Catherine’s War

HarperAlley. Jan. 2020. 176p. Tr $21.99. ISBN 9780062915603; pap. $12.99. ISBN 9780062915597.
Gr 7 Up–Billet has crafted a pictorial paean to the everyday heroes of Vichy France, as seen through the eyes—and camera lens—of a Jewish teen. Rachel Cohen’s story begins in 1942 at the Sèvres Children’s Home outside Paris, where students separated from their parents direct their own education. As Nazi deportations increase, the school’s Jewish residents must flee. Rachel assumes a new identity—Catherine Colin—and hides in plain sight. Aided by those she meets on her journey, “Catherine” travels from Sèvres to a monastery in Riom, a family farm in Limoges, an orphanage in the Pyrenees, and a second small farm before finally returning to a liberated Paris in the hope of reuniting with her parents. Along the way, her beloved Rolleiflex camera documents her story one snapshot at a time. Adapted from a novel based on Billet’s mother’s wartime experiences, this tale vividly renders a period that might seem removed to younger readers. Almost every panel—especially those inspired by real photographs—could stand alone as a work of art. From the subtle motion lines and detailed facial expressions to intricately composed scenes and dramatic backdrops, Fauvel’s ink and watercolor illustrations are masterly. This brief book will leave readers wishing they could spend more time among the torrent of settings and characters.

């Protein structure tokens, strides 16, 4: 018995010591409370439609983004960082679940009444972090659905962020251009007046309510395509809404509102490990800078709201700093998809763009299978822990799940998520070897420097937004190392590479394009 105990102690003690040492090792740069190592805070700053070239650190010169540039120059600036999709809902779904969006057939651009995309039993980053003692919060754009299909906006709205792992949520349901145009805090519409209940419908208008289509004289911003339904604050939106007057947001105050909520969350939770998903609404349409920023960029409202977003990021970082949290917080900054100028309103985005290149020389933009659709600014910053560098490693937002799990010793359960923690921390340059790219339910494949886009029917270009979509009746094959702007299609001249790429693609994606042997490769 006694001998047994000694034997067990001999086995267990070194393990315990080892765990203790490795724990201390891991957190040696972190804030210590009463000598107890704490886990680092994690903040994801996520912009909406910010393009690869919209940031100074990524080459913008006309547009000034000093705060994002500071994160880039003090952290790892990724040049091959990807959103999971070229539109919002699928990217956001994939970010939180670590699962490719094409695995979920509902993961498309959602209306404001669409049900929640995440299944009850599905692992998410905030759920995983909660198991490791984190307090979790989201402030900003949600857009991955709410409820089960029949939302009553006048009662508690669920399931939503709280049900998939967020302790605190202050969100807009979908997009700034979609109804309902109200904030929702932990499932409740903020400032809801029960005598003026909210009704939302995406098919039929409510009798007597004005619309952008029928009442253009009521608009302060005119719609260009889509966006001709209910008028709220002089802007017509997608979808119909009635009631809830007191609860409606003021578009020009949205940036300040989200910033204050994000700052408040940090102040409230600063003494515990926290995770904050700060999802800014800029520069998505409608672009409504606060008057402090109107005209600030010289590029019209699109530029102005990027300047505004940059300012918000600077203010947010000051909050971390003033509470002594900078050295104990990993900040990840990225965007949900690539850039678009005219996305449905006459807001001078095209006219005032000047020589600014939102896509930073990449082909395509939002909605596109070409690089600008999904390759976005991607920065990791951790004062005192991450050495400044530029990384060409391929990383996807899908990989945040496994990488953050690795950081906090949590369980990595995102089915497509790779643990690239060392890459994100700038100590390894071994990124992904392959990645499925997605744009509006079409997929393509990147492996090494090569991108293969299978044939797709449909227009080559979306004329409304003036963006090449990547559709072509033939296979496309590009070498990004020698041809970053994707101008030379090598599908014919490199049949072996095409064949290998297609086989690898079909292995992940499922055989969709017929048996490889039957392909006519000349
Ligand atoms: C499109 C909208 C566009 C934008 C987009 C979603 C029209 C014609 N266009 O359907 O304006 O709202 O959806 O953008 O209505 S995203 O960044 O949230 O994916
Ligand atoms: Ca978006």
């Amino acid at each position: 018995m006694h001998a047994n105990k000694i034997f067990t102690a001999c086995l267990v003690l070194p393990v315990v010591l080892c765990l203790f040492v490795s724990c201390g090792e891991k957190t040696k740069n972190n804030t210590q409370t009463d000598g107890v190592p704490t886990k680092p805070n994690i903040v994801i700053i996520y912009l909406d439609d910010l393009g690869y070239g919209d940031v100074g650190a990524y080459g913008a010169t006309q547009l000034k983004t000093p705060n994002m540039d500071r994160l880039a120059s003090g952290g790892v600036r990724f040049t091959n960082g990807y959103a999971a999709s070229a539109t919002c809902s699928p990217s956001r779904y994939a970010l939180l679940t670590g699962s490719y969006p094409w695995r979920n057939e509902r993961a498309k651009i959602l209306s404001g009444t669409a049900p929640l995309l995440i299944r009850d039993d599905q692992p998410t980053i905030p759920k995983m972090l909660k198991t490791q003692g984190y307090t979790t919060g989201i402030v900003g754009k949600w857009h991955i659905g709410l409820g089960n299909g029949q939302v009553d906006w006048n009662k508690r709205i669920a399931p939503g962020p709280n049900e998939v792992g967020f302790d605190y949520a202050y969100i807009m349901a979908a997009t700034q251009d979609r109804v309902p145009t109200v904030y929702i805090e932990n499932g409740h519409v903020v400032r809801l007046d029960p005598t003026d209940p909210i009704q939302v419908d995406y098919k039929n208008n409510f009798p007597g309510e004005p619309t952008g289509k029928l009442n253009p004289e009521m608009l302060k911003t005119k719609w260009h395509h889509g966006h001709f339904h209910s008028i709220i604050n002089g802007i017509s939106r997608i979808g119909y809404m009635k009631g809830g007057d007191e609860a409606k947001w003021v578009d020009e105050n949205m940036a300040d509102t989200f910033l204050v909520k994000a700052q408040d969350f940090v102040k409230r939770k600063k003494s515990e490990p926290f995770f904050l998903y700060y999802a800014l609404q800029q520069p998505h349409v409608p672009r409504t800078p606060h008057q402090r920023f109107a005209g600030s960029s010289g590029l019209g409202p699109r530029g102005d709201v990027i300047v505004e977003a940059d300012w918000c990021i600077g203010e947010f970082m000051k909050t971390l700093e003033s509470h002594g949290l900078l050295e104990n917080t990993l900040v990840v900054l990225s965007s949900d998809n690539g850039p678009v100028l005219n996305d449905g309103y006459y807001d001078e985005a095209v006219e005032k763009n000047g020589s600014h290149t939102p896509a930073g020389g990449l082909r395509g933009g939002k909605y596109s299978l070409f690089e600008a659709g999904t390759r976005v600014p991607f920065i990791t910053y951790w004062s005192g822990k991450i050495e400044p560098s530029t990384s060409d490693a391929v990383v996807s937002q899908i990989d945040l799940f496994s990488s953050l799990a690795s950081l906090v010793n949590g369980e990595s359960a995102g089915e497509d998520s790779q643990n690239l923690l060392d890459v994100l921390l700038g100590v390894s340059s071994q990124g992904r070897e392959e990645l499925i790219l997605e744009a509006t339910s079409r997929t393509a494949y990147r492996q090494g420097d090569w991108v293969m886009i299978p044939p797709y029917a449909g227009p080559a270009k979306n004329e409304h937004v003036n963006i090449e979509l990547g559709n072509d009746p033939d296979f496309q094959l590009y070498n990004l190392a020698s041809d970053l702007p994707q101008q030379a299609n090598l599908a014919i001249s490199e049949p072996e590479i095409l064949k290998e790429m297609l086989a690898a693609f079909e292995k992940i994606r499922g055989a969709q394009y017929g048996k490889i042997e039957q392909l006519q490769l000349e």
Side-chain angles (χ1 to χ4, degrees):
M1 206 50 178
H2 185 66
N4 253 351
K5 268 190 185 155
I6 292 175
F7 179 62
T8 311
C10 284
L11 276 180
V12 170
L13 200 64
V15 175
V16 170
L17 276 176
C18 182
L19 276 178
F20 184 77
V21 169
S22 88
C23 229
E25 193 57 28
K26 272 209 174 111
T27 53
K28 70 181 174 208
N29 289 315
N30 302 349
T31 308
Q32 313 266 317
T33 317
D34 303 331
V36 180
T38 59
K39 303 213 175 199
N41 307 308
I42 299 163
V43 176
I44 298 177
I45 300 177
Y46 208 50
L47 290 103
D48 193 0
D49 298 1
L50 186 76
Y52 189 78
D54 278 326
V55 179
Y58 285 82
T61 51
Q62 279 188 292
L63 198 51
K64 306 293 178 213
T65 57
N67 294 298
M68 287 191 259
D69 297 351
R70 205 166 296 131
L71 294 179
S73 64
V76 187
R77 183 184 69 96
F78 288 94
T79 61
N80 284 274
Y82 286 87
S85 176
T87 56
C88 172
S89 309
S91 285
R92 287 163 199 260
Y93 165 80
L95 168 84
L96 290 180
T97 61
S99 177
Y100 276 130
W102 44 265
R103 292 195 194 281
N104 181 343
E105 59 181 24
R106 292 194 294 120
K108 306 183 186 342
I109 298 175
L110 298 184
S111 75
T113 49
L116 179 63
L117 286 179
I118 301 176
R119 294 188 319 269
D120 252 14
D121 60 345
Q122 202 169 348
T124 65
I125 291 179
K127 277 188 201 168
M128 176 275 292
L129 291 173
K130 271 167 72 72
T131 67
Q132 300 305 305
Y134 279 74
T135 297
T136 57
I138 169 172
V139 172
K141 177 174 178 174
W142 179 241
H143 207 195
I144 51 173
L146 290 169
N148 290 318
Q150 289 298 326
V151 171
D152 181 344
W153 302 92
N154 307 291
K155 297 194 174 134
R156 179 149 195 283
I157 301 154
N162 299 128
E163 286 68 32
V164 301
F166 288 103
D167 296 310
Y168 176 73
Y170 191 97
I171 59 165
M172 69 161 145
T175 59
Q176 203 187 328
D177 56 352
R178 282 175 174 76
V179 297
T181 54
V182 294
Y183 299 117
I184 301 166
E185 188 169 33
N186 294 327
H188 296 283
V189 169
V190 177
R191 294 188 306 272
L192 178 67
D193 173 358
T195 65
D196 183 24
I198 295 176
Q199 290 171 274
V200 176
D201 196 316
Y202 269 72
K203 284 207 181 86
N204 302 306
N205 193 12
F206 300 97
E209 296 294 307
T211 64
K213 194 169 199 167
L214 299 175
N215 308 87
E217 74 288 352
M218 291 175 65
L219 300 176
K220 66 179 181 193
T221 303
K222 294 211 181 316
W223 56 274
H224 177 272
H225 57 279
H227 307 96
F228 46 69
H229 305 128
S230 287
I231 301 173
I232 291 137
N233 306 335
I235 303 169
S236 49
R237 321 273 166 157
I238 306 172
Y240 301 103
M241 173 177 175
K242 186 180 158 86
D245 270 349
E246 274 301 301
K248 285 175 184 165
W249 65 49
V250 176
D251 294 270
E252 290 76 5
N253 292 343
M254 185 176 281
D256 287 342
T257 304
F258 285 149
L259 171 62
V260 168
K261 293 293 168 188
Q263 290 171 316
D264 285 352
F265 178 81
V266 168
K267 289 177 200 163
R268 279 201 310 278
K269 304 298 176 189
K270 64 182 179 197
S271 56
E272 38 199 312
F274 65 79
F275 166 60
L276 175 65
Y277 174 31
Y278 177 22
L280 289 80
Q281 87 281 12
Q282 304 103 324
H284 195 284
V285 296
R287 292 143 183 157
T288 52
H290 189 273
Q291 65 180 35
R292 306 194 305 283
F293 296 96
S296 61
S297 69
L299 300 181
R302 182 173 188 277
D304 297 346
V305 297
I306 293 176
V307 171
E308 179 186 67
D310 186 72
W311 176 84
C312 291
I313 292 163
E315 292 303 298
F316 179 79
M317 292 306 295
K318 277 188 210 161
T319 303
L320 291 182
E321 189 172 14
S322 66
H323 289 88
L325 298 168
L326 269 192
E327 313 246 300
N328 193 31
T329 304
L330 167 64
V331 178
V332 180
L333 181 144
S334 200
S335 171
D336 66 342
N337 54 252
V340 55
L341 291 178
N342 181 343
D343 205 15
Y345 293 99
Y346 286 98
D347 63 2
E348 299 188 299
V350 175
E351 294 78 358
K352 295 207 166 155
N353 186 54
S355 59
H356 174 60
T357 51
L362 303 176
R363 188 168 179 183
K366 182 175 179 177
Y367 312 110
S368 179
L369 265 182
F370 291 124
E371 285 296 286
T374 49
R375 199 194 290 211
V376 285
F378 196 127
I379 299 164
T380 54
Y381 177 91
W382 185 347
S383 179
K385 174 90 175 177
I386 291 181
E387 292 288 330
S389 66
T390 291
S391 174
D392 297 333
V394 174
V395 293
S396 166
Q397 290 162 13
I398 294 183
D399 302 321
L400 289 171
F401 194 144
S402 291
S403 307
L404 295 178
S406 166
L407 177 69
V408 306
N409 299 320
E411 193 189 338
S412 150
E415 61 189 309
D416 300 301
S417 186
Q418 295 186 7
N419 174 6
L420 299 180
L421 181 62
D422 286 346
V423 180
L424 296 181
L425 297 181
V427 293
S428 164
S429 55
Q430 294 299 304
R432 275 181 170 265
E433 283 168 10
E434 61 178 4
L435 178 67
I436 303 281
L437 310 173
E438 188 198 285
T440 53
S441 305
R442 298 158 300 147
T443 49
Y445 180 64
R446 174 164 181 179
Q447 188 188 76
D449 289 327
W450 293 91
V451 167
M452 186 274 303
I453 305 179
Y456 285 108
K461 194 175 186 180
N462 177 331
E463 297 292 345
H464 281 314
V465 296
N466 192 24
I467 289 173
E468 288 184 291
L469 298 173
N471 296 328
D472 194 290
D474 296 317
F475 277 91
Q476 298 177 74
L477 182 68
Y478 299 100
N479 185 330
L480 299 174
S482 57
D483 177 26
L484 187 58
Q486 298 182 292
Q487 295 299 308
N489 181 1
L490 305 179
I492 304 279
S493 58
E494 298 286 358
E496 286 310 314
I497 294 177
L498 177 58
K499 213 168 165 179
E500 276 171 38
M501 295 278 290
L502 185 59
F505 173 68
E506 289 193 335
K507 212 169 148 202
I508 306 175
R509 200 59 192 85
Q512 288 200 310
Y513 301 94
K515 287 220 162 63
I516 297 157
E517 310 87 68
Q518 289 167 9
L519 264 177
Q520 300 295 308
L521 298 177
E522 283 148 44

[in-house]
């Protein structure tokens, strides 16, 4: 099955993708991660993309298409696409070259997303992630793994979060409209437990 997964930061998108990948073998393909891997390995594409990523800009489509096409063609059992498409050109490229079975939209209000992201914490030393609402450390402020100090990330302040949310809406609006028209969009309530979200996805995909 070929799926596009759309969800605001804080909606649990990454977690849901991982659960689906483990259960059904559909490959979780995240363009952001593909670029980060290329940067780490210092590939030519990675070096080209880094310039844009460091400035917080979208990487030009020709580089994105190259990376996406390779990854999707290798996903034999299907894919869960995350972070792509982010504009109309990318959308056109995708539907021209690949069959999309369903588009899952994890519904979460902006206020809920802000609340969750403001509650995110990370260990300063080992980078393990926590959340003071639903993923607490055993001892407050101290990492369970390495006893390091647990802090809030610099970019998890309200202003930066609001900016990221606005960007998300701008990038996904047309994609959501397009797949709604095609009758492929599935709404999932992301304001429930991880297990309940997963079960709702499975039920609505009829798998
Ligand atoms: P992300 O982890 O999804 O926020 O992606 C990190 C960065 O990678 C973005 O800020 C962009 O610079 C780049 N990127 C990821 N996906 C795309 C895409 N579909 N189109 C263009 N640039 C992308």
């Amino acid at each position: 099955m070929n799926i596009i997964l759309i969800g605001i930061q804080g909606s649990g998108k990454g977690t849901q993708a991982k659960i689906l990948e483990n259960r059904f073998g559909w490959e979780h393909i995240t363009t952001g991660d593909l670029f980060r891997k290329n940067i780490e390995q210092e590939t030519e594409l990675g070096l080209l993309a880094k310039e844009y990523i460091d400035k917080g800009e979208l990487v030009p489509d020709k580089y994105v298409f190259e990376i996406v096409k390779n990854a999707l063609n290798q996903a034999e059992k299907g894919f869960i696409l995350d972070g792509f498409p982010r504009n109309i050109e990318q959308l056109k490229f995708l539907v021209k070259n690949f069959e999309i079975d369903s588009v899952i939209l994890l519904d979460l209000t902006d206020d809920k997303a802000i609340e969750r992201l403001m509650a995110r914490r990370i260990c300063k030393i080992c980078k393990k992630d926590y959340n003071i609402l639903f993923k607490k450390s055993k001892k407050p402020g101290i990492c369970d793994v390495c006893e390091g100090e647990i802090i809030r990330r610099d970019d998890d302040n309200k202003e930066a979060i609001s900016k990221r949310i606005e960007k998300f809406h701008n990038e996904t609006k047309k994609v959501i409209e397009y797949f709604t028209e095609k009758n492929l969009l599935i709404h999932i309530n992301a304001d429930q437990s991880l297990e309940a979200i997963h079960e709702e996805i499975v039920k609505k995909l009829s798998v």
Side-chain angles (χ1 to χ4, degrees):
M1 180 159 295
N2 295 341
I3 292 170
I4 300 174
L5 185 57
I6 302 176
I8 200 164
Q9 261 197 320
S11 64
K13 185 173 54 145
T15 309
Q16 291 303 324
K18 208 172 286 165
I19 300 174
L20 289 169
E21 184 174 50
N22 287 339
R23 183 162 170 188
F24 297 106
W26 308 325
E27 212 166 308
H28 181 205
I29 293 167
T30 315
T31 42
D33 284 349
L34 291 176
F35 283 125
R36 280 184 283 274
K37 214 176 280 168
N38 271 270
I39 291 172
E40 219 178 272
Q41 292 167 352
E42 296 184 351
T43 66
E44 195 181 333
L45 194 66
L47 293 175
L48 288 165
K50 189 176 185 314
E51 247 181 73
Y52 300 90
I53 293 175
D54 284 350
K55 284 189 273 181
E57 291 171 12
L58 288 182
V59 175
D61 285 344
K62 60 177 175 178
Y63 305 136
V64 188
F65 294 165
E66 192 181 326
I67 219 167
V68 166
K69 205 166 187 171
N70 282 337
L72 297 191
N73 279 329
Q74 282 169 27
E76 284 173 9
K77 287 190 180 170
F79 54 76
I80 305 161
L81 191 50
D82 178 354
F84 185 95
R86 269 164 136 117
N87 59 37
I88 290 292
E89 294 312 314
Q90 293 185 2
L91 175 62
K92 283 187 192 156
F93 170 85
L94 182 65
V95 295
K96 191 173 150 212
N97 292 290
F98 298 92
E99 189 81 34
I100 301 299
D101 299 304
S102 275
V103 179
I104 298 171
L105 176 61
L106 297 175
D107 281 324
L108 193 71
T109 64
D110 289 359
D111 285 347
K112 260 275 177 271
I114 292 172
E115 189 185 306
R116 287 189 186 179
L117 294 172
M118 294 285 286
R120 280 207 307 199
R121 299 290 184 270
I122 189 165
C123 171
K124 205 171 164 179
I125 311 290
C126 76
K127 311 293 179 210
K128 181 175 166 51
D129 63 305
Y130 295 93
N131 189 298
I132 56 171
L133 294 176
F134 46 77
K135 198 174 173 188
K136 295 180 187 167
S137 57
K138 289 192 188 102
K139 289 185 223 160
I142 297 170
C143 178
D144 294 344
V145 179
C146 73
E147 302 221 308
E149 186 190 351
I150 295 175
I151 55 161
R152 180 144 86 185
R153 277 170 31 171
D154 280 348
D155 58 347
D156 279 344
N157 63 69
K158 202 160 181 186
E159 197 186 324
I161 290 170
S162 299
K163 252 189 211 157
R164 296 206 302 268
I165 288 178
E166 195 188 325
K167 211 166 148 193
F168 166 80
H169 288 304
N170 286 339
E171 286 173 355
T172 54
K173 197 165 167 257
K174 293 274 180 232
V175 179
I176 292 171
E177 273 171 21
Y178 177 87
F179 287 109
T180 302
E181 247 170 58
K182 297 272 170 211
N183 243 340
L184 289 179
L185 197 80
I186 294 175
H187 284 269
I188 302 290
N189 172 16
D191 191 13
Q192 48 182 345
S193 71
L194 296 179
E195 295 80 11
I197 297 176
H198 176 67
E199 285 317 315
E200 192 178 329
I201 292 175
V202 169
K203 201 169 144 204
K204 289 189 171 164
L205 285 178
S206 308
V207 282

VERDICT A remarkable tribute to the generosity, compassion, and courage of ordinary people who endanger themselves to do right, as well as those who capture glimpses of light in the darkness.

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